He was speaking after a health consultative forum in Dublin, attended by 200 people from different health organisations.
A number of people attending the forum told the minister they were concerned that prescription charges were to blame for some people not taking all their medicines.
The minister said he was awaiting research being conducted at Trinity College Dublin to see how the prescription charges were affecting behaviour.
“We certainly did not leave anyone under any illusions that we were going to reduce it in the coming budget,” he said.
“It brings in over €100m and we are not in a position to have any give backs in health at the moment.”
Asked if it was his view that the HSE should shed 700 jobs a month before now and the end of the year, Mr Varadkar said it would not be practical.
It could only be achieved by compulsory redundancies and that was not permitted under the Haddington Road Agreement.
Also, it would create “illusionary savings” with gaps in the service having to be plugged with agency staff.
He said HSE staff numbers had already been reduced by 15,000.
Mr Varadkar said a problem this year was the cost of agency staff that had increased dramatically to around €200m.
He was considering hiring people on temporary contracts, not only to save money but to get a better service too.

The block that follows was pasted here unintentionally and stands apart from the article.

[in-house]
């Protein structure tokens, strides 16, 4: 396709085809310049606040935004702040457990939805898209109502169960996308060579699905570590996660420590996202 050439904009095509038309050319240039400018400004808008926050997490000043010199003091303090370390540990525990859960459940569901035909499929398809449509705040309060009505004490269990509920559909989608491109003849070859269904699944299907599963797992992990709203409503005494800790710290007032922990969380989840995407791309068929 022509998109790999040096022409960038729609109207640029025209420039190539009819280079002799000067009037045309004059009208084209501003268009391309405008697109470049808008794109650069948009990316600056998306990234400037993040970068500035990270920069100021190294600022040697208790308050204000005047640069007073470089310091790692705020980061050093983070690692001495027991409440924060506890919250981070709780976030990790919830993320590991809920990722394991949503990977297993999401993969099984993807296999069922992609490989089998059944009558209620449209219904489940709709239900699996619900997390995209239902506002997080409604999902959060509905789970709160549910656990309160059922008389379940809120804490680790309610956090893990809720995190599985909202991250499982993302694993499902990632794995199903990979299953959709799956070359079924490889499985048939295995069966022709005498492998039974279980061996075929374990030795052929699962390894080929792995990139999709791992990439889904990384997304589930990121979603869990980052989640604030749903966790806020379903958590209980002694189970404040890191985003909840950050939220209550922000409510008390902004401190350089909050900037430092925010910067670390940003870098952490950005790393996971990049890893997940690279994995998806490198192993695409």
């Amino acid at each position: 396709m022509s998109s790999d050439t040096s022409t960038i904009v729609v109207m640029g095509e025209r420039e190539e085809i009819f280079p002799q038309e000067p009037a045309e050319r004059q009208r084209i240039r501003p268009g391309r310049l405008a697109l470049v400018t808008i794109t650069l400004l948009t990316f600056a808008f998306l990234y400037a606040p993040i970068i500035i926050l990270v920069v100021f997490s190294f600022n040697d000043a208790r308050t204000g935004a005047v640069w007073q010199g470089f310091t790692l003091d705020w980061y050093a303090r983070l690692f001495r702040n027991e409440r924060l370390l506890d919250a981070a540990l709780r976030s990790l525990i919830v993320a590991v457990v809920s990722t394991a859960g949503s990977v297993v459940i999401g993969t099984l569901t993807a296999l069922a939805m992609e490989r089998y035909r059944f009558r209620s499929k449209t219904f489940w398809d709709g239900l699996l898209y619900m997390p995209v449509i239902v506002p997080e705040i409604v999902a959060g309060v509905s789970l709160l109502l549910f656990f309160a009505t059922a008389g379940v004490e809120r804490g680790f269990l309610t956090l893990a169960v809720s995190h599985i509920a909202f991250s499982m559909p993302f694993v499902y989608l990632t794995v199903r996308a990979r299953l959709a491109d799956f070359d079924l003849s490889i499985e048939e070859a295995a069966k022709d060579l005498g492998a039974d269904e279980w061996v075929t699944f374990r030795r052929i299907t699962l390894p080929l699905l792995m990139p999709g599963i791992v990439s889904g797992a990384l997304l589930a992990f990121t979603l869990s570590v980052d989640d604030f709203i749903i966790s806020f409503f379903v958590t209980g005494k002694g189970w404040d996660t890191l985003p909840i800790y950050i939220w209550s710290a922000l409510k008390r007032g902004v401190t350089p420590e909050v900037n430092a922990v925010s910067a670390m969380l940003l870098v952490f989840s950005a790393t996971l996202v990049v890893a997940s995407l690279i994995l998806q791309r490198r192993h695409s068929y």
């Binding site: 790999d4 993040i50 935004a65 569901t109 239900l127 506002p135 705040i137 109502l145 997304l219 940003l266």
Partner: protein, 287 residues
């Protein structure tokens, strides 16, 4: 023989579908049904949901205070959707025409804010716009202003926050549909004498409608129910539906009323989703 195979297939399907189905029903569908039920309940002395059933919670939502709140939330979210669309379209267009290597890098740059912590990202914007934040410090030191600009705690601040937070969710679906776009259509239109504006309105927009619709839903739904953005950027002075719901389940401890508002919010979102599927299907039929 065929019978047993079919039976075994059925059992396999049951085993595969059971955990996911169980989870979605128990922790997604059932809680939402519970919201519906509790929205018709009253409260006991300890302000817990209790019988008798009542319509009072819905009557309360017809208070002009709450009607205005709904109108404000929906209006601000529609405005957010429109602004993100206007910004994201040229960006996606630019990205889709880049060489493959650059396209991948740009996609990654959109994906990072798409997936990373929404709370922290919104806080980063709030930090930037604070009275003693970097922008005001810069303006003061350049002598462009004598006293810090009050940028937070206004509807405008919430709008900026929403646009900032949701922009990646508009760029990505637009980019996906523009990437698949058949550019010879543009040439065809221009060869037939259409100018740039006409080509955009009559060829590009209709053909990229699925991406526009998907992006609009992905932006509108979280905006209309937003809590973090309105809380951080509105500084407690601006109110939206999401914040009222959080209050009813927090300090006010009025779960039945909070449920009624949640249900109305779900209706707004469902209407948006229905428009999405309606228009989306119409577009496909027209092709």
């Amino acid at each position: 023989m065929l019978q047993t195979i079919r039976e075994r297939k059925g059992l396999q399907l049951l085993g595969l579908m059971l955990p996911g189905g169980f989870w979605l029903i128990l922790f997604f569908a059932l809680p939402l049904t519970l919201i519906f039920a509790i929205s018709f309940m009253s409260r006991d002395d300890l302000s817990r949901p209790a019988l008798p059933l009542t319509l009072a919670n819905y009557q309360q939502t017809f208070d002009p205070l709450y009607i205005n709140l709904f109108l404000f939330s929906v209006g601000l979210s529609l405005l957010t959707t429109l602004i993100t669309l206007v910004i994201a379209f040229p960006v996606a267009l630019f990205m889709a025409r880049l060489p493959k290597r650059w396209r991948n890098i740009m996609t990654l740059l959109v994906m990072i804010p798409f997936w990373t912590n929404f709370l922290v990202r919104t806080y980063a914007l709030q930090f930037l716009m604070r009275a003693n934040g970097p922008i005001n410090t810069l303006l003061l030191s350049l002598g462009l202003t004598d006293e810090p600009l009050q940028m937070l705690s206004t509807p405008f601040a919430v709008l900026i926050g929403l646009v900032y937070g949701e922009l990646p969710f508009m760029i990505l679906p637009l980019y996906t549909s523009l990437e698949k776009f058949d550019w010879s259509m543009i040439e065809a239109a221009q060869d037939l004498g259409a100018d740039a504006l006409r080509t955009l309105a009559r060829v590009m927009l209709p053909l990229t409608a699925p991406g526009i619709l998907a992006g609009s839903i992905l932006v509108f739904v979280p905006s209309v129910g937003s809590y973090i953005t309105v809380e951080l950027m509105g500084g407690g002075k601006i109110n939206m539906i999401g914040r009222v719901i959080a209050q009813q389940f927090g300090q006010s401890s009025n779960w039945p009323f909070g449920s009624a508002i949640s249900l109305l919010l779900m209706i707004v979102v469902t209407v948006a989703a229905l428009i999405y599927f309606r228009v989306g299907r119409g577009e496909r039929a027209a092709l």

“But we do need to explore that and make sure that the savings would be realised,” he said.
Asked about patients on trolleys, Mr Varadkar said he had looked at the statistics and found that over half of the patients on trolley were in three or four out of the 50 acute hospitals.
He also noticed that there were huge variations between hospitals. Some seemed to manage their beds very well while others did not.
“Delayed discharges and beds being closed are part of the issue, but I don’t think it is just down to that,” he said.
Minister of state with responsibility for primary and social care, Kathleen Lynch, said there were over 700 people inappropriately placed in acute hospital beds and that situation could not continue.
She said there would need several buildings like Mount Carmel Hospital in Dublin, recently purchased by the HSE, to deal with the situation.
She said they had a comprehensive plan to deal with the situation and premises had been identified, including a number already owned by the HSE, but it would take around three years to roll it out.